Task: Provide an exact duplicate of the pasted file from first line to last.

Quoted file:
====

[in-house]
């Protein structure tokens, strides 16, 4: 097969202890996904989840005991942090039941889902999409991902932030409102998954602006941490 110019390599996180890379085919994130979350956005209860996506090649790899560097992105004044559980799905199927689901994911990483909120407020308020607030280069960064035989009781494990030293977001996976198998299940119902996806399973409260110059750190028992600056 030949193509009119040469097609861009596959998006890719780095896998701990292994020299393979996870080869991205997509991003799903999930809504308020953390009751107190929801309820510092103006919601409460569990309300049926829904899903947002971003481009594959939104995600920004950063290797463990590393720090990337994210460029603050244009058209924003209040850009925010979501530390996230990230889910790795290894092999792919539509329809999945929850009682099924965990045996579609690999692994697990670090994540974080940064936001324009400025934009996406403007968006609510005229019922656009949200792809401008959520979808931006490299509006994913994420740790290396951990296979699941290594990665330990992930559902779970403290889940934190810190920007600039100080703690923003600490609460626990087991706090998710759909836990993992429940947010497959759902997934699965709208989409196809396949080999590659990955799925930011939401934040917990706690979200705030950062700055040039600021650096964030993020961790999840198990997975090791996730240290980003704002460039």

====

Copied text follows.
[in-house]
């Protein structure tokens, strides 16, 4: 097969202890996904989840005991942090039941889902999409991902932030409102998954602006941490 110019390599996180890379085919994130979350956005209860996506090649790899560097992105004044559980799905199927689901994911990483909120407020308020607030280069960064035989009781494990030293977001996976198998299940119902996806399973409260110059750190028992600056 030949193509009119040469097609861009596959998006890719780095896998701990292994020299393979996870080869991205997509991003799903999930809504308020953390009751107190929801309820510092103006919601409460569990309300049926829904899903947002971003481009594959939104995600920004950063290797463990590393720090990337994210460029603050244009058209924003209040850009925010979501530390996230990230889910790795290894092999792919539509329809999945929850009682099924965990045996579609690999692994697990670090994540974080940064936001324009400025934009996406403007968006609510005229019922656009949200792809401008959520979808931006490299509006994913994420740790290396951990296979699941290594990665330990992930559902779970403290889940934190810190920007600039100080703690923003600490609460626990087991706090998710759909836990993992429940947010497959759902997934699965709208989409196809396949080999590659990955799925930011939401934040917990706690979200705030950062700055040039600021650096964030993020961790999840198990997975090791996730240290980003704002460039």